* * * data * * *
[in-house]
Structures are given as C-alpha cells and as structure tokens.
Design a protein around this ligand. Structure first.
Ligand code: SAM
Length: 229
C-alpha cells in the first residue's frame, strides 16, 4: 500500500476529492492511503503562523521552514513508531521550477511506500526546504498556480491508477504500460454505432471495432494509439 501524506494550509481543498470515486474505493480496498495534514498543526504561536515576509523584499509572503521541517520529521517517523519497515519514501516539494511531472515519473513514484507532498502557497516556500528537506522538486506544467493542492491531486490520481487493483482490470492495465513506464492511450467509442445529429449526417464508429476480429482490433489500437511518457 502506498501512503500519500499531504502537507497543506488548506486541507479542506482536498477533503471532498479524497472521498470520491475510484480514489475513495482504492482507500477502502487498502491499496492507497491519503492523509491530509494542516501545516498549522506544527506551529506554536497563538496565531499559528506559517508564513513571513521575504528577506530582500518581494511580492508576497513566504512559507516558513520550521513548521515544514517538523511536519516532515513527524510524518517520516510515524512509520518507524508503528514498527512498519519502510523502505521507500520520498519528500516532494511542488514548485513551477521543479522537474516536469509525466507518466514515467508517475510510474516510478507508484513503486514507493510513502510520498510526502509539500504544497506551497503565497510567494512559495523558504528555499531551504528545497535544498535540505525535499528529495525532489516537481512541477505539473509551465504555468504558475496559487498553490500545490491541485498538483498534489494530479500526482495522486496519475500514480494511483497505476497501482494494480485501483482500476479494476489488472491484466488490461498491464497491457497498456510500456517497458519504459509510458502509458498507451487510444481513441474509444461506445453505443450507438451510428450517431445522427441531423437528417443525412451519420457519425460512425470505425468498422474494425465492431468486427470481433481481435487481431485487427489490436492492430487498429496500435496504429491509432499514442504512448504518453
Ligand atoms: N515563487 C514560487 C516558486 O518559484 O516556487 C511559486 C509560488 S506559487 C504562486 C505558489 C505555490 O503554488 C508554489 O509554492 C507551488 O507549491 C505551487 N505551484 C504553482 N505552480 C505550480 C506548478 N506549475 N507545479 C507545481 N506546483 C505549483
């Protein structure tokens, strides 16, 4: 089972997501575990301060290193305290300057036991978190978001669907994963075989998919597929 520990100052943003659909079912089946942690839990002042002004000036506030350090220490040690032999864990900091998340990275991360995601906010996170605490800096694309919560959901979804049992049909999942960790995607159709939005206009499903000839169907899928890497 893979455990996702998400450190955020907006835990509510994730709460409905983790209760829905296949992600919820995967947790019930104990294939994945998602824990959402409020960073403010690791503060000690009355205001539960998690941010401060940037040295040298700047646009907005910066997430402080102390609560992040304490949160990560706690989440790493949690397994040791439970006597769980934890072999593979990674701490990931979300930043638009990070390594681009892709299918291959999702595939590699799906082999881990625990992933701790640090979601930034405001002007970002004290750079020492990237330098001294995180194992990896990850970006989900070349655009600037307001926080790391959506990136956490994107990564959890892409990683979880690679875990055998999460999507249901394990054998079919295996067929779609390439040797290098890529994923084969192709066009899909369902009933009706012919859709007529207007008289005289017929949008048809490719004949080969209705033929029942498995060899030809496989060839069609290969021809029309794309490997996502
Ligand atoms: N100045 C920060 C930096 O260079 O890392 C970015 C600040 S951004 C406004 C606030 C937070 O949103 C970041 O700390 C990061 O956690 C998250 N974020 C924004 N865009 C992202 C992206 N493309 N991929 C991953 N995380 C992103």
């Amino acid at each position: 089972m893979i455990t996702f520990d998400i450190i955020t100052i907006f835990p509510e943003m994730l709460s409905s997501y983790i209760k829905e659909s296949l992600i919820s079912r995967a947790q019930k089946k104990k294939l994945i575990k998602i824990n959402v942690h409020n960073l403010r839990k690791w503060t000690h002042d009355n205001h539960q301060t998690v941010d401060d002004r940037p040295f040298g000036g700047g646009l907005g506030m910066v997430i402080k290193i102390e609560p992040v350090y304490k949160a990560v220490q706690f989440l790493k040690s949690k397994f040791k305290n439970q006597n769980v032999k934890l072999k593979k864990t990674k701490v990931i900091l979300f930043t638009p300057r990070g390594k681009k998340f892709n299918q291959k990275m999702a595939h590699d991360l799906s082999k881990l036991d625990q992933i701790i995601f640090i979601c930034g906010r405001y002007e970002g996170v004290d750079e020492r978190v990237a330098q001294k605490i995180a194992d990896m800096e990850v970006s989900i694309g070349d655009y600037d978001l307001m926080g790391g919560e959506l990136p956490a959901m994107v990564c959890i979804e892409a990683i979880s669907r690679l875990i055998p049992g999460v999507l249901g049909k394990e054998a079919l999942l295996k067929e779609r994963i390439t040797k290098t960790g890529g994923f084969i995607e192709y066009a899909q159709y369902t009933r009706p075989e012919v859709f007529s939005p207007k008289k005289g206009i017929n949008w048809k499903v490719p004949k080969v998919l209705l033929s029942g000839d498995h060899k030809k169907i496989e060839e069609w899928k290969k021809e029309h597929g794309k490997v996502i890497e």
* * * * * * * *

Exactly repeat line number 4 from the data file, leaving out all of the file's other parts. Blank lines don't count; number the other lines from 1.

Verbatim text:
Ligand code: SAM